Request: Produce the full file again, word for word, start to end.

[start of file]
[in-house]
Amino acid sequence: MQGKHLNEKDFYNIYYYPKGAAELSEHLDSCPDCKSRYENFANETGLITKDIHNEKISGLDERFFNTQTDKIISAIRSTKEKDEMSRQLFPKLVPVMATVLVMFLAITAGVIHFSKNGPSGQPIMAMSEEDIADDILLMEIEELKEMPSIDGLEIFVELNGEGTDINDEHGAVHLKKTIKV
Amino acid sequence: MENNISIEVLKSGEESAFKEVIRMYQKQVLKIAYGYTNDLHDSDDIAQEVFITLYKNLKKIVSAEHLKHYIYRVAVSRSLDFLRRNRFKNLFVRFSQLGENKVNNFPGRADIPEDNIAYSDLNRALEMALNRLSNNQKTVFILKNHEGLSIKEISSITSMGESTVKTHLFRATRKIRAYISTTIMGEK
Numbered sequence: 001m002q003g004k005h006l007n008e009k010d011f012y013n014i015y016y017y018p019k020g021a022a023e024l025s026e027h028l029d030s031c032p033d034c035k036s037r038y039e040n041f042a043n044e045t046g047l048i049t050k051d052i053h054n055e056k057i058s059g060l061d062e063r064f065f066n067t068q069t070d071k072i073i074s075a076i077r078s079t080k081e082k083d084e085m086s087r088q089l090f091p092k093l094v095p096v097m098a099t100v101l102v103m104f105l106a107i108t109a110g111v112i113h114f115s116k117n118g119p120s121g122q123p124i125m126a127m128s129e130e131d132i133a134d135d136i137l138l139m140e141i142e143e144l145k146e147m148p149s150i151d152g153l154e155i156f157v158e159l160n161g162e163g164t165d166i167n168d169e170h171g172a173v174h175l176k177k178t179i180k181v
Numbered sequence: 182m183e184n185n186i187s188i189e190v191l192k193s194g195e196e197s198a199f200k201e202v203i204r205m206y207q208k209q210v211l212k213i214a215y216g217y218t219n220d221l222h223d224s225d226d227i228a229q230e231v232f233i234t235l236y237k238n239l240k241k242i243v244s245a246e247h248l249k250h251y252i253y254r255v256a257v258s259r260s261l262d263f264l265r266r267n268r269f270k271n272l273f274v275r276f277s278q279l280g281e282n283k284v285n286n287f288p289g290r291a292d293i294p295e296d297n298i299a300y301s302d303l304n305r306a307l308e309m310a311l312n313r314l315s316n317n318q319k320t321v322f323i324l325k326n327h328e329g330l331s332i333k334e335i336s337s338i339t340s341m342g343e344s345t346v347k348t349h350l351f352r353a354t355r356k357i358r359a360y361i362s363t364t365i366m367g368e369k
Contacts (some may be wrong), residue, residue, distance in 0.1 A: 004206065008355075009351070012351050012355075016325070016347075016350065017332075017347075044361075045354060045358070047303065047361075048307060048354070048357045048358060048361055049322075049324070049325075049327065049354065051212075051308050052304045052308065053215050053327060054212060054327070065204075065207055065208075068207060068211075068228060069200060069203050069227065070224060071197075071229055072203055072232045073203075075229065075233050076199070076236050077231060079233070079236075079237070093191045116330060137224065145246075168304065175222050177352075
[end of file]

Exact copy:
[in-house]
Amino acid sequence: MQGKHLNEKDFYNIYYYPKGAAELSEHLDSCPDCKSRYENFANETGLITKDIHNEKISGLDERFFNTQTDKIISAIRSTKEKDEMSRQLFPKLVPVMATVLVMFLAITAGVIHFSKNGPSGQPIMAMSEEDIADDILLMEIEELKEMPSIDGLEIFVELNGEGTDINDEHGAVHLKKTIKV
Amino acid sequence: MENNISIEVLKSGEESAFKEVIRMYQKQVLKIAYGYTNDLHDSDDIAQEVFITLYKNLKKIVSAEHLKHYIYRVAVSRSLDFLRRNRFKNLFVRFSQLGENKVNNFPGRADIPEDNIAYSDLNRALEMALNRLSNNQKTVFILKNHEGLSIKEISSITSMGESTVKTHLFRATRKIRAYISTTIMGEK
Numbered sequence: 001m002q003g004k005h006l007n008e009k010d011f012y013n014i015y016y017y018p019k020g021a022a023e024l025s026e027h028l029d030s031c032p033d034c035k036s037r038y039e040n041f042a043n044e045t046g047l048i049t050k051d052i053h054n055e056k057i058s059g060l061d062e063r064f065f066n067t068q069t070d071k072i073i074s075a076i077r078s079t080k081e082k083d084e085m086s087r088q089l090f091p092k093l094v095p096v097m098a099t100v101l102v103m104f105l106a107i108t109a110g111v112i113h114f115s116k117n118g119p120s121g122q123p124i125m126a127m128s129e130e131d132i133a134d135d136i137l138l139m140e141i142e143e144l145k146e147m148p149s150i151d152g153l154e155i156f157v158e159l160n161g162e163g164t165d166i167n168d169e170h171g172a173v174h175l176k177k178t179i180k181v
Numbered sequence: 182m183e184n185n186i187s188i189e190v191l192k193s194g195e196e197s198a199f200k201e202v203i204r205m206y207q208k209q210v211l212k213i214a215y216g217y218t219n220d221l222h223d224s225d226d227i228a229q230e231v232f233i234t235l236y237k238n239l240k241k242i243v244s245a246e247h248l249k250h251y252i253y254r255v256a257v258s259r260s261l262d263f264l265r266r267n268r269f270k271n272l273f274v275r276f277s278q279l280g281e282n283k284v285n286n287f288p289g290r291a292d293i294p295e296d297n298i299a300y301s302d303l304n305r306a307l308e309m310a311l312n313r314l315s316n317n318q319k320t321v322f323i324l325k326n327h328e329g330l331s332i333k334e335i336s337s338i339t340s341m342g343e344s345t346v347k348t349h350l351f352r353a354t355r356k357i358r359a360y361i362s363t364t365i366m367g368e369k
Contacts (some may be wrong), residue, residue, distance in 0.1 A: 004206065008355075009351070012351050012355075016325070016347075016350065017332075017347075044361075045354060045358070047303065047361075048307060048354070048357045048358060048361055049322075049324070049325075049327065049354065051212075051308050052304045052308065053215050053327060054212060054327070065204075065207055065208075068207060068211075068228060069200060069203050069227065070224060071197075071229055072203055072232045073203075075229065075233050076199070076236050077231060079233070079236075079237070093191045116330060137224065145246075168304065175222050177352075